EU To Italy: Clean Up Naples' Garbage Mess

A man handles a bag amid uncollected garbage in the Casoria district on the outskirts of Naples, southern Italy, Sunday Jan. 6, 2008. Collectors in Naples stopped picking up trash Dec. 21 because there is no more room for it at dumps, and with garbage accumulating across the city's streets residents have taken to burning the stinking mounds, raising alarm over toxic fumes. Residents of Pianura, a Naples neighborhood, celebrated Mass on the street Sunday as they kept up their protest against the reopening of a local dump meant to alleviate the city's two-week-old garbage crisis. (AP Photo/Salvatore Laporta)
AP Photo/Salvatore Laporta
The EU ordered Italy on Thursday to clean up Naples within a month - or face legal action.

Talks this week with Italian authorities failed to show they were adhering to EU waste management laws to resolve a festering garbage collection crisis in the southern Italian city, EU spokeswoman Barbara Helfferich said.

The European Commission said it has demanded "speedy compliance" with EU law and proof within a month that officials are taking steps to clear the trash, she told reporters.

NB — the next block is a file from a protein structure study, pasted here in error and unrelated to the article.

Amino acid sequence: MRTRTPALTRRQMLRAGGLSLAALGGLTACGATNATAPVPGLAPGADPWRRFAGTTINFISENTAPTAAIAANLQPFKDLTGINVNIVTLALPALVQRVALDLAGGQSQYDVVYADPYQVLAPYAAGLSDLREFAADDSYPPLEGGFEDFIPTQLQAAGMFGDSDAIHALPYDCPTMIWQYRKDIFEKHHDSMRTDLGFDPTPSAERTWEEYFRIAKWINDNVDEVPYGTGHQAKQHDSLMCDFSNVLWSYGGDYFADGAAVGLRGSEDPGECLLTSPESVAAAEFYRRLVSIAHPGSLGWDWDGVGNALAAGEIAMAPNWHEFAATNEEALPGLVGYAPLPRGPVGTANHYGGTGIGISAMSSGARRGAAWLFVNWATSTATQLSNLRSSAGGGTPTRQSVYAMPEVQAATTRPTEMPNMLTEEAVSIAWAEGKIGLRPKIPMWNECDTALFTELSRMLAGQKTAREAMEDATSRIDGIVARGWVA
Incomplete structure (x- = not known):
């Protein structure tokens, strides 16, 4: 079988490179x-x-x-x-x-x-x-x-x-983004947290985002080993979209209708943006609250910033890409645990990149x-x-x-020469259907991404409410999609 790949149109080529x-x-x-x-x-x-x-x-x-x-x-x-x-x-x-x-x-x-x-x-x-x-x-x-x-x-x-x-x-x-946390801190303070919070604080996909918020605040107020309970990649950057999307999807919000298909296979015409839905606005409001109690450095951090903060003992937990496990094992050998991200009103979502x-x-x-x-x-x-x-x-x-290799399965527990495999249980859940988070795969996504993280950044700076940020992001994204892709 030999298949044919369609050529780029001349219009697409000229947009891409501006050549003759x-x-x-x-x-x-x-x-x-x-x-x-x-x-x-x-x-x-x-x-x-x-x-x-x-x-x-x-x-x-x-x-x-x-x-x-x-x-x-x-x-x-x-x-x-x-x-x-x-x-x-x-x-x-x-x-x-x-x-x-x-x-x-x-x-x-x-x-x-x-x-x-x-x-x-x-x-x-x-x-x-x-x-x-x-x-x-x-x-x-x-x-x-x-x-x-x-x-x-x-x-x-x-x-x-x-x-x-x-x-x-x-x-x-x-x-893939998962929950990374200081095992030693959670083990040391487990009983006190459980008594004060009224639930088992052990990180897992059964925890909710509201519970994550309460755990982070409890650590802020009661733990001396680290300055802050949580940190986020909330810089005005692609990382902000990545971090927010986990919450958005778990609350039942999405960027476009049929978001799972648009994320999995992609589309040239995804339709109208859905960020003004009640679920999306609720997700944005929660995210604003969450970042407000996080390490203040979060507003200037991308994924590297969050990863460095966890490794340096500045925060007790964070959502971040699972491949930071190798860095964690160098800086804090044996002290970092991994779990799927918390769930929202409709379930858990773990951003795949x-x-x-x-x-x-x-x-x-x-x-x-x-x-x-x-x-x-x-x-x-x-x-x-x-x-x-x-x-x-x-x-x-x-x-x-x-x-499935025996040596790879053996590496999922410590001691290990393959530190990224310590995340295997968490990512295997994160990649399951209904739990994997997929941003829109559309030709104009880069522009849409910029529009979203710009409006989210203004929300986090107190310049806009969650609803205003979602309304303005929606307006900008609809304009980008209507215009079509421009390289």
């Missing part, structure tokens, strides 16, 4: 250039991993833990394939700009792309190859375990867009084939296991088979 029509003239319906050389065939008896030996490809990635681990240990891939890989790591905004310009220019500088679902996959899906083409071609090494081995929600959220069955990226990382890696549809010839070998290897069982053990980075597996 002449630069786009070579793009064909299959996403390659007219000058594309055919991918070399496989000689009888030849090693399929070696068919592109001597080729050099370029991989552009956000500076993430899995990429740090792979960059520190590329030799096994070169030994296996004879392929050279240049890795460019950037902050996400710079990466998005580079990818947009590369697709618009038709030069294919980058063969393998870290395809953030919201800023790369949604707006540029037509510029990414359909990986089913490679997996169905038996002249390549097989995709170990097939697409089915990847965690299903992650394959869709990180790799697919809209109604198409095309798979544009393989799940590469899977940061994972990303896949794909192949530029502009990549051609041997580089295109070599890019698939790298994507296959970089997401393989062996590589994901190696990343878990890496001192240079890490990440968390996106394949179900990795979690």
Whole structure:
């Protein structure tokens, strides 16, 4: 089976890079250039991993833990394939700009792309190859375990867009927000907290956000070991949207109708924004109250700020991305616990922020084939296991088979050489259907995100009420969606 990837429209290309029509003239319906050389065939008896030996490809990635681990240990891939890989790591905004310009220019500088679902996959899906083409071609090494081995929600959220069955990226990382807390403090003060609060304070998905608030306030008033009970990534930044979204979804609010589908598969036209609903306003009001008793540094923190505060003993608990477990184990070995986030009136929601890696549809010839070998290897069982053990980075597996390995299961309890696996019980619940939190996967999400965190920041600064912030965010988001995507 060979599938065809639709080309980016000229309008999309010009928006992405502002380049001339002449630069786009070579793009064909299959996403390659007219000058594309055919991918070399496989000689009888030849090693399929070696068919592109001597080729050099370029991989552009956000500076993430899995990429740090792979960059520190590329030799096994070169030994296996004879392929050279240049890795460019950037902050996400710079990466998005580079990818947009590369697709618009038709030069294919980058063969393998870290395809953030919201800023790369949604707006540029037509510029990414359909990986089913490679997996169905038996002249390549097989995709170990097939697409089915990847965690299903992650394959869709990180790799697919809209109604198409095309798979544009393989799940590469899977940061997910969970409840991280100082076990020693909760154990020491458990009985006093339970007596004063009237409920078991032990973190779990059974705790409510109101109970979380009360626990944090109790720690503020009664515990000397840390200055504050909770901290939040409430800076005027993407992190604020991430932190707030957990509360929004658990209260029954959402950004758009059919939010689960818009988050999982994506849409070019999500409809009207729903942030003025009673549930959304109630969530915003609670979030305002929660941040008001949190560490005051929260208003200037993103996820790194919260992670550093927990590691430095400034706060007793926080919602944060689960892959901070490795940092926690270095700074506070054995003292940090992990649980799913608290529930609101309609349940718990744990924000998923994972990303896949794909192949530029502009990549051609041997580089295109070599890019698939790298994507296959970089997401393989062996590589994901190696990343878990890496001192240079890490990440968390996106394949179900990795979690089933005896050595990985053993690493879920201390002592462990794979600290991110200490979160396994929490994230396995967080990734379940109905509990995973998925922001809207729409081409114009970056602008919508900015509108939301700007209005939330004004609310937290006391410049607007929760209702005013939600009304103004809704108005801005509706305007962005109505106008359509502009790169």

Some 250,000 tons of backlogged trash has been piling up on the streets of Naples since collection came to a near halt in December.

Collectors have stopped picking up garbage in Naples and the Campania region because there is no more room for the trash at dumps.

The region has long been plagued by garbage crises. Dumps are packed to overflowing, and local communities have blocked efforts to build new ones, citing health risks.

EU Environment Commissioner Stavros Dimas already has threatened Italy with fines to force it to comply with waste management rules. He has called for Italian authorities to set up a long-term strategy to deal with the region's waste.

"The situation in Campania is intolerable and I fully understand the frustrations of residents who fear for their health," Dimas said.

EU officials said a waste management plan for Campania was adopted more than a decade ago but never properly implemented.

The Italian government, harshly criticized for failing to clean up the streets of Naples, has appointed a commissioner to deal with the crisis. But the streets have yet to be fully cleared of the heaps of garbage that have piled up for weeks.

Authorities and residents have blamed organized crime infiltration of garbage collection services, disorganized bureaucracy and protests that hinder the construction of dumps and disposal plants.

Some Italian regions have recently volunteered to take Neapolitan garbage.